|Avid adventure fanatics Peter Shaw and Dave Nicholls get to grips with Eureka, Hampstead and Peter Pan. And if you're lost, stuck or just plain suicidal in adventure-land, phone for the YS Adventure Helpline ...|
This month, I bring you details of
Domark's first game - Eureka. Yes, this
is the one that has the £25,000 prize
tagged on to its rear-end (check out the
ads this month). The game wasn't supposed to be available until the 31st
October - magazine editors being no
exception. On the other hand, we here at
YS always get those exclusive stories!|
The game splits into five separate parts, each made up of an arcade game and an adventure. The former gets a pretty low rating in my book and probably wouldn't interest you adventure fanatics anyway. So no more about it, save the excruciating fact that you have to complete the arcade game before you can play each adventure. Yah boo sucks!
The aim of the fivesome is to present a potted history of our meagre planet - starting in Prehistoric times, working on through the Roman Empire, Medieval Britain, Germany during the second
The action begins in a cornfield (no, not that sort of action!) and from here you'll need to go south-east to find the RAF officer's uniform. When you get caught by the Germans in the village (which is inevitable) you get hauled off to Colditz and stuck in the cooler. Once out, finding your way around the camp isn't too difficult and there are only a few locations where the guards get nasty and throw you back in again.
To make a German officer's uniform
you'll need the sewing kit, and that you'll
find under the stage. To get an ID card
you'll have to go through the secret passage in the chapel - there you'll find the
blank card, plus rubber stamp and camera. To make the ID look genuine, you'll
need to take a picture of yourself,
develop the film, stamp the card - and
then bring the pieces together with the
The rope, made from the traditional blankets, can be used to scale the drop below the window at the end of the dormitory, underneath which you'll find a pickaxe and crowbar.
Once out of Colditz, you'll find yourself in the village, but so far further progress has been very slow. However, I'm sure there'll be plenty of hints on all five games in the future ... watch this space!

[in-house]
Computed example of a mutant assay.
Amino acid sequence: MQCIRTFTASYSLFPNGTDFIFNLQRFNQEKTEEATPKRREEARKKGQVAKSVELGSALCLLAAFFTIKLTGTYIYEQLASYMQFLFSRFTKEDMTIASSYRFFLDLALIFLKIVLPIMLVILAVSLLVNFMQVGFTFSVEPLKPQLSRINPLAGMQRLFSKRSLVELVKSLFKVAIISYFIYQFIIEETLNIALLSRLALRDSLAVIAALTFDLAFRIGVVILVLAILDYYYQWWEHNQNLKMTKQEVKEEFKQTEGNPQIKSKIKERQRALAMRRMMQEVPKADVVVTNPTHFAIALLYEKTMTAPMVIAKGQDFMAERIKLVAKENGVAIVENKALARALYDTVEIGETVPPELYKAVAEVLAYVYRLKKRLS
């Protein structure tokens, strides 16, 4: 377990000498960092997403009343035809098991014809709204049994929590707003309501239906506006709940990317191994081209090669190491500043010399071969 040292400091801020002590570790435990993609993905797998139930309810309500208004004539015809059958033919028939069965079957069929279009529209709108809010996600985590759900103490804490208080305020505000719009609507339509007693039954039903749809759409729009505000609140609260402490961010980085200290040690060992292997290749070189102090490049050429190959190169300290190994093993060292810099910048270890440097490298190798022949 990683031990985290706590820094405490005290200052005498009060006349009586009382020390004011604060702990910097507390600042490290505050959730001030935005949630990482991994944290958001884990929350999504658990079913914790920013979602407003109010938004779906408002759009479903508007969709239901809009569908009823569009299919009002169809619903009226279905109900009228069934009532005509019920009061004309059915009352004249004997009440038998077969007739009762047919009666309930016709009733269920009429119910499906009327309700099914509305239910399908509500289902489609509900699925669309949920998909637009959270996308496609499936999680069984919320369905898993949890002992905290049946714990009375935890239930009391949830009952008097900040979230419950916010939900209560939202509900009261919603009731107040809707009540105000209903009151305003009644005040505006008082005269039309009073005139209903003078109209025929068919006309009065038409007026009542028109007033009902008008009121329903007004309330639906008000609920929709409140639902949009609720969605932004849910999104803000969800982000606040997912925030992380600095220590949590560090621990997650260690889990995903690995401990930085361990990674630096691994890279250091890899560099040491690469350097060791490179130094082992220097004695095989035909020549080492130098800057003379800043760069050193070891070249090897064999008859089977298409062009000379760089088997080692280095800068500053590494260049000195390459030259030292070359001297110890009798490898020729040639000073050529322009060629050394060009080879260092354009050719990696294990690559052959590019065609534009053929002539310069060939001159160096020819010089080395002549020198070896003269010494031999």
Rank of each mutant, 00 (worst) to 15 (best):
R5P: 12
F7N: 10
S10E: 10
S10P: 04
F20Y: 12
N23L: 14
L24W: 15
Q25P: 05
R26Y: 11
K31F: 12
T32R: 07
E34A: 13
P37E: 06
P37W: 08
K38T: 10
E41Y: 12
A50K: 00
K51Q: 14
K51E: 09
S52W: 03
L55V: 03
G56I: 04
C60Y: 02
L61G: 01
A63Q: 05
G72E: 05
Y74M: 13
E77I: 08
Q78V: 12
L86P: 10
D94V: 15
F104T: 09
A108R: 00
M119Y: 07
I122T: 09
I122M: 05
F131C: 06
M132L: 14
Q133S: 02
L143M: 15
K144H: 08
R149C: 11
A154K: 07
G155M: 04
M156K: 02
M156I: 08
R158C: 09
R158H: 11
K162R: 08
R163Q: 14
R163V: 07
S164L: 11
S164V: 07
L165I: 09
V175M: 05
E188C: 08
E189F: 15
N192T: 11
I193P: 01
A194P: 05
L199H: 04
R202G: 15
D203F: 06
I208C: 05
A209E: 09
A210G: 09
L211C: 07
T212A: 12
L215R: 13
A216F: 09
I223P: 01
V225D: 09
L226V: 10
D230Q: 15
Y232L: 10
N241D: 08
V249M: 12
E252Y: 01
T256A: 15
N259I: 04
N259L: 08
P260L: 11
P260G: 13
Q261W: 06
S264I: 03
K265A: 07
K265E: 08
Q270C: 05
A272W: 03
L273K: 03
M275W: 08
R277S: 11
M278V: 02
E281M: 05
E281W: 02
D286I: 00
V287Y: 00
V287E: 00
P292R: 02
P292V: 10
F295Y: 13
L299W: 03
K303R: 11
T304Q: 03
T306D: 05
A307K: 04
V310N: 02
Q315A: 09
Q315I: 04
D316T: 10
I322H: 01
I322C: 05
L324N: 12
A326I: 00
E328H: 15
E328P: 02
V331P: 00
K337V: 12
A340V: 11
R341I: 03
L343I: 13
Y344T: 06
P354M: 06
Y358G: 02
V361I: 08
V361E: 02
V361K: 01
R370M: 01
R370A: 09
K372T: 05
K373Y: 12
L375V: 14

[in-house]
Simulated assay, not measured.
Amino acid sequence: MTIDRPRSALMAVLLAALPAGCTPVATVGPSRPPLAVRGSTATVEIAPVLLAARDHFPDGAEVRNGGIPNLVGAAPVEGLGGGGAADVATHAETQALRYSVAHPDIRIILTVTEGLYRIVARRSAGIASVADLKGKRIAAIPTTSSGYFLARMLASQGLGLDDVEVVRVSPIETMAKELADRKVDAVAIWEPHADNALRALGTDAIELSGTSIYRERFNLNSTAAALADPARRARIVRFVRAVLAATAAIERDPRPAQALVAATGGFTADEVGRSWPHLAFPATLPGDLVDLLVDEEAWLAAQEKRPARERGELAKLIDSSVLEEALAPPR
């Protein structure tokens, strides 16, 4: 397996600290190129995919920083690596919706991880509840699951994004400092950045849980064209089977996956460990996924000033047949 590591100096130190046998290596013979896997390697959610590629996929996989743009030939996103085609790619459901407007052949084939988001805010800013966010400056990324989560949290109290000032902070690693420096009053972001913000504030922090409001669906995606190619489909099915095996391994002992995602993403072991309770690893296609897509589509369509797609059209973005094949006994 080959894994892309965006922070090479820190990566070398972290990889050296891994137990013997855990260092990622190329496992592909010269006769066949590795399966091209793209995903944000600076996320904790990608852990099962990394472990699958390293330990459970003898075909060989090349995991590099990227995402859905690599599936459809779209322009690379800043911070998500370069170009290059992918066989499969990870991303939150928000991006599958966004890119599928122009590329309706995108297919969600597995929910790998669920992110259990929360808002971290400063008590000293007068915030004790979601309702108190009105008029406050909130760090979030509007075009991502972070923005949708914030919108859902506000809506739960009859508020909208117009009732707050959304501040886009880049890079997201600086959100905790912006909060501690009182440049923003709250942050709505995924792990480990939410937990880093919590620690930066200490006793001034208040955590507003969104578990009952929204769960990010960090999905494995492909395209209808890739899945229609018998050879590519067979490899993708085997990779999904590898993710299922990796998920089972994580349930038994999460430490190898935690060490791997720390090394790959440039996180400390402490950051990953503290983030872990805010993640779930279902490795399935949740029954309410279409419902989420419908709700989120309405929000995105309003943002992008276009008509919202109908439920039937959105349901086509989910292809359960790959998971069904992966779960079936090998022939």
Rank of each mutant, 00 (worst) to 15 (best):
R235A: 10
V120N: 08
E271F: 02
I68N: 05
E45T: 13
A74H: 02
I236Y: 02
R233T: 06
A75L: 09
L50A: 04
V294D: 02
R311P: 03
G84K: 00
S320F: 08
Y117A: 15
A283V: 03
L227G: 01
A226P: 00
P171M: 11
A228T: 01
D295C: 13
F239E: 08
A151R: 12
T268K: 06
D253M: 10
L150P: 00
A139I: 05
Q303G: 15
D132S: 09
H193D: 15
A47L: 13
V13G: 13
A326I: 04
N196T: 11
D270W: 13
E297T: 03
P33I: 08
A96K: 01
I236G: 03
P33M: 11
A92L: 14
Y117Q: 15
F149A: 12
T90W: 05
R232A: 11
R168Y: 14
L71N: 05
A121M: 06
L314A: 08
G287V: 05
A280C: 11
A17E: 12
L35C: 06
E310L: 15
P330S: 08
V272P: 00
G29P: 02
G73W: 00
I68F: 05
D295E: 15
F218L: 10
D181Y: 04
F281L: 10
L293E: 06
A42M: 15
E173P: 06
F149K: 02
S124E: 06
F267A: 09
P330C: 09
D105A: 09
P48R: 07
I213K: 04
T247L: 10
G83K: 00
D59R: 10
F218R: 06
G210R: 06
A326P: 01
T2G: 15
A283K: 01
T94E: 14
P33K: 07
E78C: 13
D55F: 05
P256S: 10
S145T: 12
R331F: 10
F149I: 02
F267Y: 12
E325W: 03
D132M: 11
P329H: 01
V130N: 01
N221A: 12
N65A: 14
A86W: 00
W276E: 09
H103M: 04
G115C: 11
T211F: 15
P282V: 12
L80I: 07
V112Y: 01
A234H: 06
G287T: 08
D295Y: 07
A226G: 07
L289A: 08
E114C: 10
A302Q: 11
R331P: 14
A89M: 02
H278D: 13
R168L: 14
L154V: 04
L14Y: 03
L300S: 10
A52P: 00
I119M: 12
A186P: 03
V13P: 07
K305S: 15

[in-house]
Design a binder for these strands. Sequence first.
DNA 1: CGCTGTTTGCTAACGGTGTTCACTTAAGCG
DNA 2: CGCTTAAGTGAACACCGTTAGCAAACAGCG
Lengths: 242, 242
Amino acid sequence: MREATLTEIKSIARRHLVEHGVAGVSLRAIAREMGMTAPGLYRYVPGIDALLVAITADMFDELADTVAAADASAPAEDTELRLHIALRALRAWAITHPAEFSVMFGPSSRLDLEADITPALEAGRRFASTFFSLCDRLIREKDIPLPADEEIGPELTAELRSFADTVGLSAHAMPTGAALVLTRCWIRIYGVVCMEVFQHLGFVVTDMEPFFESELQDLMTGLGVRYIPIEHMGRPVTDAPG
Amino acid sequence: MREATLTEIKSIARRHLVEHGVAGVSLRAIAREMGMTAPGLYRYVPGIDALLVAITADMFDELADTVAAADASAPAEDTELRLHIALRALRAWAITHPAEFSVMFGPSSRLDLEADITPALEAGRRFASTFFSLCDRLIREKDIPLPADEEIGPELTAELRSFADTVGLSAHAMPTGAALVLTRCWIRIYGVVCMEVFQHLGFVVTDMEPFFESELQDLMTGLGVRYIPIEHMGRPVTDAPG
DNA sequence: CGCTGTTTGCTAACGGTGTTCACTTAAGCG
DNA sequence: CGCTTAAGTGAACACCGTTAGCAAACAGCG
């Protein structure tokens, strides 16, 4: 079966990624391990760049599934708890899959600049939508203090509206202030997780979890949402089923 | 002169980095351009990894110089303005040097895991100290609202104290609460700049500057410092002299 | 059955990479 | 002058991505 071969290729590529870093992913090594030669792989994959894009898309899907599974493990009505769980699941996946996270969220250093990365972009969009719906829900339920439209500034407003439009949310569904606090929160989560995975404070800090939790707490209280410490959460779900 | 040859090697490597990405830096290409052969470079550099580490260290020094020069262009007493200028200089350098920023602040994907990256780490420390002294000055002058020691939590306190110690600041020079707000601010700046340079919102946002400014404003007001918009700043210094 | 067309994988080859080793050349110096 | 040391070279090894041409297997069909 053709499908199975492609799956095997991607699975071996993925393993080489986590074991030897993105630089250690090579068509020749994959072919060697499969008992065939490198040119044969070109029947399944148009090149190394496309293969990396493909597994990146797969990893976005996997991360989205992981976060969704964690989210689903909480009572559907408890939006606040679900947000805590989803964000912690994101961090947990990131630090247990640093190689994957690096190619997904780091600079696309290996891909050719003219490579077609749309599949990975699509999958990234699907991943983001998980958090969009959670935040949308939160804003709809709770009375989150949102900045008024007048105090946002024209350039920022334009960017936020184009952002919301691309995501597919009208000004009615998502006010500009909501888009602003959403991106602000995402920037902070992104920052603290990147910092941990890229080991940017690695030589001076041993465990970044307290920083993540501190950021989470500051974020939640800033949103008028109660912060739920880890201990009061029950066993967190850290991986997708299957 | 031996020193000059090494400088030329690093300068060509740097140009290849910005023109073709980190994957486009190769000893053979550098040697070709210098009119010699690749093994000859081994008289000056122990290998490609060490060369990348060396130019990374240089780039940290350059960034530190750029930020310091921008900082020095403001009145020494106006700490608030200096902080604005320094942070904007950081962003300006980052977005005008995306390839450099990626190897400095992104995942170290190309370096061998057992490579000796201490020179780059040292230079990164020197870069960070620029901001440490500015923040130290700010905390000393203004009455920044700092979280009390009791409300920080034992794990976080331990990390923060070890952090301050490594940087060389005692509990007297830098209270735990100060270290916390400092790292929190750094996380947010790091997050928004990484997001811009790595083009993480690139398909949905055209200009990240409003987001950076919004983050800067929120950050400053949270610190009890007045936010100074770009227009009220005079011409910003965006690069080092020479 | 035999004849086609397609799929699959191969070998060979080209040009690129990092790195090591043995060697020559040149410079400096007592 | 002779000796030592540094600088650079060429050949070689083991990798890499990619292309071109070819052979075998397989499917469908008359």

If you've extricated yourself from the magical grasp of Dieslowly the Wizard and
beaten Bashenchopen the Troll black and
blue and you're still driving around in a
clapped-out Mark 1 Cortina and drinking
pints of best down at the local, then Hampstead is the game for you.
begin anew for the
next. (For instance, you'll get nowhere
without your dole money!).|
All in all, Hampstead is an excellent adventure and a refreshing change from the usual dungeons-type affair ... it makes a worthy addition to any collection.
You'll have to progress from shandies to champers in Melbourne House's social climbing Hampstead.
Peter Pan is the first adventure - in fact
the first game of any kind - from book
publishers Hodder and Stoughton. The
package includes a large plastic video box
containing the cassette, a copy of the original book and a four-page introductory
leaflet which explains the aims of the game
and some of the more useful commands.
Out of the retail price, a contribution is
made to the Great Ormond Street Children's Hospital as part of the 'Barrie
Bequest' - a worthy cause indeed.
graphics and independent characters. There are, however,
several differences - many purely technical but one in particular that centres
around the actual solving of the adventure.
Whereas in The Hobbit the average punter
can do quite well without reading the book,
in Peter Pan knowledge of the text is essential. So if like me you never quite got
around to reading it (the sad indicator of a
miss-spent youth) you'll find Tinkerbell
dying with alarming regularity and a few
other strange things happening besides!|
On the technical side, one has to say that it drops below the 'Hobbit standard' on almost every count. The commands, like most other adventures, are single verb/noun pairs (with the exception of the SAY command which allows you to speak), and the input routine is slow - as is the response to commands. But PP does manage to serve up some very good graphics.
Actually, despite all the forgoing, I think Peter Pan really is a reasonable adventure ... it's just that it suffers from an overdose of bad programming. I wouldn't recommend it to everyone, but if you've read the book - or if you're one of those avid adventurers - you'll probably find it quite enjoyable.
A Hobbit-like sortie into Never Never Land - but make sure you read the book first!